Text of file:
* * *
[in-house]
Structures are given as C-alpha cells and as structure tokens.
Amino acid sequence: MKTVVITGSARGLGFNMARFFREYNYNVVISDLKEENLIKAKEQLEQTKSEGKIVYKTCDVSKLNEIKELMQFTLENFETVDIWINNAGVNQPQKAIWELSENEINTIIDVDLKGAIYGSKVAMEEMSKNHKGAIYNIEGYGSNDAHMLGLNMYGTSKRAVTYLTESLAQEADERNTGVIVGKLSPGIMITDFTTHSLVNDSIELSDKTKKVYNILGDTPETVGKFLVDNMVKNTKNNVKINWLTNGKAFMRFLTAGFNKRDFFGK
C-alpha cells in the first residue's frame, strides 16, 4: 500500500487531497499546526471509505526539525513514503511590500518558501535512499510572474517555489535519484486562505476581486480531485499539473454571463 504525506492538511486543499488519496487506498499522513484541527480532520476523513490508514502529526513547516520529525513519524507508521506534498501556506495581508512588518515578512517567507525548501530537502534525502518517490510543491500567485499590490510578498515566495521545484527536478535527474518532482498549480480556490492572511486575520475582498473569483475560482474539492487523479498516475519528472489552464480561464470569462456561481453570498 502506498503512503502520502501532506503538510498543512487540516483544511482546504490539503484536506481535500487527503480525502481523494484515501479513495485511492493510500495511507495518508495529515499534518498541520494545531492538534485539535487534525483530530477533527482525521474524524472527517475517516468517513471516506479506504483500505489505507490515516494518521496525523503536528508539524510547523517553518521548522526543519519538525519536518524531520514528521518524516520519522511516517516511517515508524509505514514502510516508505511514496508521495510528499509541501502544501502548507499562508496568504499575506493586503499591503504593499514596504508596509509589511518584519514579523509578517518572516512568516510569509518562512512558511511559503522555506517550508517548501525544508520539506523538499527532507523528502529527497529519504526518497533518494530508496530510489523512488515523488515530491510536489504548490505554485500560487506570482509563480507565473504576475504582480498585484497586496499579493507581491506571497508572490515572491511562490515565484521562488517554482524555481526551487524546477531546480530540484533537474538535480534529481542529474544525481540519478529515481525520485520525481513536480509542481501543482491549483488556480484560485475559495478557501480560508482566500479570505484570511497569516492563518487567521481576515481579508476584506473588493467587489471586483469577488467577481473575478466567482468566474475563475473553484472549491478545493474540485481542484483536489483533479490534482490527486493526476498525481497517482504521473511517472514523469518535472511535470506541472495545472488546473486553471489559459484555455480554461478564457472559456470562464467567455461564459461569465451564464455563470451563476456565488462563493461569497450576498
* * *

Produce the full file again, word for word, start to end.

[in-house]
Structures are given as C-alpha cells and as structure tokens.
Amino acid sequence: MKTVVITGSARGLGFNMARFFREYNYNVVISDLKEENLIKAKEQLEQTKSEGKIVYKTCDVSKLNEIKELMQFTLENFETVDIWINNAGVNQPQKAIWELSENEINTIIDVDLKGAIYGSKVAMEEMSKNHKGAIYNIEGYGSNDAHMLGLNMYGTSKRAVTYLTESLAQEADERNTGVIVGKLSPGIMITDFTTHSLVNDSIELSDKTKKVYNILGDTPETVGKFLVDNMVKNTKNNVKINWLTNGKAFMRFLTAGFNKRDFFGK
C-alpha cells in the first residue's frame, strides 16, 4: 500500500487531497499546526471509505526539525513514503511590500518558501535512499510572474517555489535519484486562505476581486480531485499539473454571463 504525506492538511486543499488519496487506498499522513484541527480532520476523513490508514502529526513547516520529525513519524507508521506534498501556506495581508512588518515578512517567507525548501530537502534525502518517490510543491500567485499590490510578498515566495521545484527536478535527474518532482498549480480556490492572511486575520475582498473569483475560482474539492487523479498516475519528472489552464480561464470569462456561481453570498 502506498503512503502520502501532506503538510498543512487540516483544511482546504490539503484536506481535500487527503480525502481523494484515501479513495485511492493510500495511507495518508495529515499534518498541520494545531492538534485539535487534525483530530477533527482525521474524524472527517475517516468517513471516506479506504483500505489505507490515516494518521496525523503536528508539524510547523517553518521548522526543519519538525519536518524531520514528521518524516520519522511516517516511517515508524509505514514502510516508505511514496508521495510528499509541501502544501502548507499562508496568504499575506493586503499591503504593499514596504508596509509589511518584519514579523509578517518572516512568516510569509518562512512558511511559503522555506517550508517548501525544508520539506523538499527532507523528502529527497529519504526518497533518494530508496530510489523512488515523488515530491510536489504548490505554485500560487506570482509563480507565473504576475504582480498585484497586496499579493507581491506571497508572490515572491511562490515565484521562488517554482524555481526551487524546477531546480530540484533537474538535480534529481542529474544525481540519478529515481525520485520525481513536480509542481501543482491549483488556480484560485475559495478557501480560508482566500479570505484570511497569516492563518487567521481576515481579508476584506473588493467587489471586483469577488467577481473575478466567482468566474475563475473553484472549491478545493474540485481542484483536489483533479490534482490527486493526476498525481497517482504521473511517472514523469518535472511535470506541472495545472488546473486553471489559459484555455480554461478564457472559456470562464467567455461564459461569465451564464455563470451563476456565488462563493461569497450576498